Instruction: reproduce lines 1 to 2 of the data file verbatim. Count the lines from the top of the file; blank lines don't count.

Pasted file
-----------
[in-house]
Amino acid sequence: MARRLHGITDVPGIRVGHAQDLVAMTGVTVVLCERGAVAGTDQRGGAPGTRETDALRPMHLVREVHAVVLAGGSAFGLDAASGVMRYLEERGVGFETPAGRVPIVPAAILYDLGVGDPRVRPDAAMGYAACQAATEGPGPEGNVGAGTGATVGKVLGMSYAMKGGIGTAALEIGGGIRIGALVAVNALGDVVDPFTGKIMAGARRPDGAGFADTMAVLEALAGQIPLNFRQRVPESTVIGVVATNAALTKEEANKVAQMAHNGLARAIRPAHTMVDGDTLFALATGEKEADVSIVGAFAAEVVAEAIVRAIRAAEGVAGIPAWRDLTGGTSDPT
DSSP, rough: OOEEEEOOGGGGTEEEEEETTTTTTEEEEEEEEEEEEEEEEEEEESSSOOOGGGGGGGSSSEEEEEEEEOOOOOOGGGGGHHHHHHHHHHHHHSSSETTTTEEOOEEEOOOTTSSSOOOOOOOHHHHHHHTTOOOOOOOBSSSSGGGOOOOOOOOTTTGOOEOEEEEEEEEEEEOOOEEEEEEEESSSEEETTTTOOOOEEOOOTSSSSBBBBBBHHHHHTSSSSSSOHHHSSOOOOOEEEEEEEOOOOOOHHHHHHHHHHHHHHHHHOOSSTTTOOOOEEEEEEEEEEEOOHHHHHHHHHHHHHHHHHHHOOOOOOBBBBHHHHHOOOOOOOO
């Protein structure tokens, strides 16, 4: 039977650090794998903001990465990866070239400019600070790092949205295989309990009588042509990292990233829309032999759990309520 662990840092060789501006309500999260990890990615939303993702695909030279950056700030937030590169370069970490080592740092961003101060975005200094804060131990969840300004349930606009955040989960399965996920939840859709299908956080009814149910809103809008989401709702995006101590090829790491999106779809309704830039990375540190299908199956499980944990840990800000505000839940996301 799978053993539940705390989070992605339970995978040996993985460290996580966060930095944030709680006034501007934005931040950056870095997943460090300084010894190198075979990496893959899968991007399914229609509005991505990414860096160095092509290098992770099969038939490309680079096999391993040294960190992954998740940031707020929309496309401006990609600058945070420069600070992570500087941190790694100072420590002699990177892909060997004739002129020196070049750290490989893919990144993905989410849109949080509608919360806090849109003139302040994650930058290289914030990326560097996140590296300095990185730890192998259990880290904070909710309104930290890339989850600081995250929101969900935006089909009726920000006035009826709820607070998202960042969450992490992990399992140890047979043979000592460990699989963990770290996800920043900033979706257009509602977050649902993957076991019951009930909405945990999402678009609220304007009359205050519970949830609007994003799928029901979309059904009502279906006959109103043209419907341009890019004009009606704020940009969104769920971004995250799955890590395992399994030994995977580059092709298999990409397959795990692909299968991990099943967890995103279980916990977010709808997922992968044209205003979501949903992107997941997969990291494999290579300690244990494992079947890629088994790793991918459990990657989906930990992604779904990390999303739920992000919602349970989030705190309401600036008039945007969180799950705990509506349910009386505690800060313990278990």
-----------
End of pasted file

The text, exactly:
[in-house]
Amino acid sequence: MARRLHGITDVPGIRVGHAQDLVAMTGVTVVLCERGAVAGTDQRGGAPGTRETDALRPMHLVREVHAVVLAGGSAFGLDAASGVMRYLEERGVGFETPAGRVPIVPAAILYDLGVGDPRVRPDAAMGYAACQAATEGPGPEGNVGAGTGATVGKVLGMSYAMKGGIGTAALEIGGGIRIGALVAVNALGDVVDPFTGKIMAGARRPDGAGFADTMAVLEALAGQIPLNFRQRVPESTVIGVVATNAALTKEEANKVAQMAHNGLARAIRPAHTMVDGDTLFALATGEKEADVSIVGAFAAEVVAEAIVRAIRAAEGVAGIPAWRDLTGGTSDPT